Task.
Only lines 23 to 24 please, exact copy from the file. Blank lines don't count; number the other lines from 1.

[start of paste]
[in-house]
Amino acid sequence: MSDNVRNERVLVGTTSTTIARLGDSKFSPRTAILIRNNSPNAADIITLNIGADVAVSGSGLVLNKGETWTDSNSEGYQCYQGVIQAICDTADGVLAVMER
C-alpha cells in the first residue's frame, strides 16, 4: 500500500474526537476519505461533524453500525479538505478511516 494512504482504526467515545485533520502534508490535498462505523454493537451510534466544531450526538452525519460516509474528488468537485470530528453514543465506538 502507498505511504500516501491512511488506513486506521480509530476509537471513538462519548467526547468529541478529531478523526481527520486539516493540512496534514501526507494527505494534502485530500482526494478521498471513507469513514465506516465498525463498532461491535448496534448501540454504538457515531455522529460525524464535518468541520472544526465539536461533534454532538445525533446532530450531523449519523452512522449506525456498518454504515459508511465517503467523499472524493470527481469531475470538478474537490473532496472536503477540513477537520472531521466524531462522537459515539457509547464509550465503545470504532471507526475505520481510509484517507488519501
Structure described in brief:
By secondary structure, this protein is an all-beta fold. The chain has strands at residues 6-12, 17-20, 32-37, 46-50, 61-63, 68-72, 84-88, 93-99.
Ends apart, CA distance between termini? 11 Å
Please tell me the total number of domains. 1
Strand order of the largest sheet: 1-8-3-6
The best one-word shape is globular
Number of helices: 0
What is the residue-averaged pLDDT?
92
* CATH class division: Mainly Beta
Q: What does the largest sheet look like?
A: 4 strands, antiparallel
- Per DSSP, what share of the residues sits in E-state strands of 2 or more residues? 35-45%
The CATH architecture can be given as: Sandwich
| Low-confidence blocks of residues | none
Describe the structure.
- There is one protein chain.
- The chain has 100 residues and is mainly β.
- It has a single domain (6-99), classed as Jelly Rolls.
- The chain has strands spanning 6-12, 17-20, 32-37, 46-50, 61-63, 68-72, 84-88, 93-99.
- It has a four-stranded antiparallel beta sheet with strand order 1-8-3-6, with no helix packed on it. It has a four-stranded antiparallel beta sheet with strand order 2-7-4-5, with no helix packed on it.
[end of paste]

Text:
- The chain has strands spanning 6-12, 17-20, 32-37, 46-50, 61-63, 68-72, 84-88, 93-99.
- It has a four-stranded antiparallel beta sheet with strand order 1-8-3-6, with no helix packed on it. It has a four-stranded antiparallel beta sheet with strand order 2-7-4-5, with no helix packed on it.